Earlier this week, the International Red Cross confirmed the existence of a secret “Black Jail” within the Bagram prison complex in Afghanistan, where high-value detainees were held and allegedly abused. Since then, additional details have continued to emerge.
The New York Times reported last November that former prisoners and human rights researchers had described how prisoners were held at the facility for weeks at a time without being allowed outside contact. The BBC also obtained accounts from prisoners who said they had been subjected to isolation, sleep deprivation, and cold.
The American vice admiral in charge of detainees, however, continued to deny both the existence of a separate facility and the allegations of abuse until the International Red Cross confirmed the claims.
Now The Atlantic’s Marc Ambinder has been able to paint a clearer picture of the facility. His sources tell him that it is run by the Defense Intelligence Agency’s Defense Counterintelligence and Human Intelligence Center (DCHC), whose operatives perform the interrogations on behalf of a subunit of the”elite counter-terrorism brigade” known as Task Force 714.
Task Force 714 was formerly commanded by General Stanley McChrystal, who now leads US forces in Afghanistan. According to Ambinder, DCHC is a “relatively new organization,” which absorbed many of the previous functions and staff of the Counterintelligence Field Activity after CIFA was accused of spying on American political groups and was implicated in the Duke Cunningham scandal.
“It is a way-point for detainees who are thought to possess actionable information about the Taliban or Al Qaeda,” Ambinder writes of the Black Jail. “Intelligence gleaned from these interrogations has often led to some of the military’s highest profile captures.”
Ambinder notes that, “personnel at the facility are supposed to follow the Army Field Manual’s guidelines for interrogations … [but] under secret authorization, the DIA interrogators use methods detailed in an appendix to the Field Manual, Appendix M, which spells out ‘restricted’ interrogation techniques.'” Although President Obama signed an order last year to eliminate the CIA’s “black sites,” it did not affect military prisons like the one at Bagram.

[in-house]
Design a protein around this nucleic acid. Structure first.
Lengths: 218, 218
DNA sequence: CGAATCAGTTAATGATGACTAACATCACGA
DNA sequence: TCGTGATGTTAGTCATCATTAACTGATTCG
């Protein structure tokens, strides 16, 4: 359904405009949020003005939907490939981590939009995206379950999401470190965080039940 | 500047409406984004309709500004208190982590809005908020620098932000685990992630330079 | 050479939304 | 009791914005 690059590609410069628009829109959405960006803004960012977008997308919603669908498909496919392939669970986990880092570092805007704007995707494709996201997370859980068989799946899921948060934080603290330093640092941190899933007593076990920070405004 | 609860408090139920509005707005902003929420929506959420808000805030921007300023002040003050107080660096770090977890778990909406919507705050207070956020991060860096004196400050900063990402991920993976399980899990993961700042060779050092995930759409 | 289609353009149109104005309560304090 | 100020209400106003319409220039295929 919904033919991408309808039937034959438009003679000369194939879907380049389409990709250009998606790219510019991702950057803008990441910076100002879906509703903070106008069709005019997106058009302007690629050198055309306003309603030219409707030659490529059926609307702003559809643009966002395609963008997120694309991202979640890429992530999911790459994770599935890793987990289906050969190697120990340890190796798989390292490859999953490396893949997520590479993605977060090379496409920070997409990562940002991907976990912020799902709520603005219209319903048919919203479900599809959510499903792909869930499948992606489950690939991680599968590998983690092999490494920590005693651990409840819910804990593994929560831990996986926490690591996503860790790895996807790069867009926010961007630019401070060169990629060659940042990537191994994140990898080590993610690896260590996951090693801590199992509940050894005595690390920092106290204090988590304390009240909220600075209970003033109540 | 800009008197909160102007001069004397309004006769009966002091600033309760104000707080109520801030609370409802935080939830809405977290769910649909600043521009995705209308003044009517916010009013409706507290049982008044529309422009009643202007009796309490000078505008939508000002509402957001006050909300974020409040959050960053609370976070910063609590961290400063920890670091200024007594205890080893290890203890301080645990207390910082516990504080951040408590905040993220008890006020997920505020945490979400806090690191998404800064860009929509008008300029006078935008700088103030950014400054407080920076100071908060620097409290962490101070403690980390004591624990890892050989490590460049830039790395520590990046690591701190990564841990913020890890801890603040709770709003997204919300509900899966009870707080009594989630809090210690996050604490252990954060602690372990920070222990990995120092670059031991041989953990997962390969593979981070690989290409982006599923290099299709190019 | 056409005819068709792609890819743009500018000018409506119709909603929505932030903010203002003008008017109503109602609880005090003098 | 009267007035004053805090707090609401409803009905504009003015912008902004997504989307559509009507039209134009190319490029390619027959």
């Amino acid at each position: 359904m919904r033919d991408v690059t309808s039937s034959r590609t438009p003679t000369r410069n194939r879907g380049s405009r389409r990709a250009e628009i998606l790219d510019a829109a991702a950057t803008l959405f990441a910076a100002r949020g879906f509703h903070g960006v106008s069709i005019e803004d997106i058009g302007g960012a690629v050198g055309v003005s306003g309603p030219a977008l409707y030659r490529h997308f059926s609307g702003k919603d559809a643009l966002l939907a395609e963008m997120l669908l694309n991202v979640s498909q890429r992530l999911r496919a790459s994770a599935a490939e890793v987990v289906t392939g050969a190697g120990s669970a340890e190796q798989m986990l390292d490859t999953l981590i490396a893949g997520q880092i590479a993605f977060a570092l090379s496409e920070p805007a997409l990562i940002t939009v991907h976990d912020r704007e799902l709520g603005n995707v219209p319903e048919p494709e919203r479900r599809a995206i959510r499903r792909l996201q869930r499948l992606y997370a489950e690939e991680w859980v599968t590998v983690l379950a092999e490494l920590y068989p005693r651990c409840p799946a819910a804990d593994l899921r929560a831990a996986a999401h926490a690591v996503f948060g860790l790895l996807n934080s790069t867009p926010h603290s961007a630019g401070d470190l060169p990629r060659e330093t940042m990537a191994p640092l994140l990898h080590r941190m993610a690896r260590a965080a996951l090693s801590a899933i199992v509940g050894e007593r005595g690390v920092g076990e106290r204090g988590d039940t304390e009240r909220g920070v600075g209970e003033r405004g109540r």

A DIA spokesperson was unwilling to comment on the story, and the White House referred Ambinder’s questions to the Pentagon. Pentagon spokesperson Bryan Whitman did confirm the existence of “temporary screening detention facilities,” but he refused to provide any details on them, although insisting that the Red Cross had knowledge of their existence.
Whitman also denied that “the agency’s inspector general had launched an internal investigation into reports in the Washington Post that several teenagers were beaten by the interrogators.”
Whitman has repeatedly been charged with misrepresentations while serving as Pentagon spokesperson. In 2008, journalist Gareth Porter identified him as the source of a “spurious account” of an encounter between Iranian ships and a US Navy vessel. In August 2009, he was caught denying a well-documented Stars & Stripes story about the military using a private PR firm to vet embedded reporters. And last fall, Raw Story published a multi-part series by investigative reporter Brad Jacobson which revealed Whitman’s role in the Bush administration’s “Pentagon propagandist” program and explored his ability to maintain his position under the Obama administration.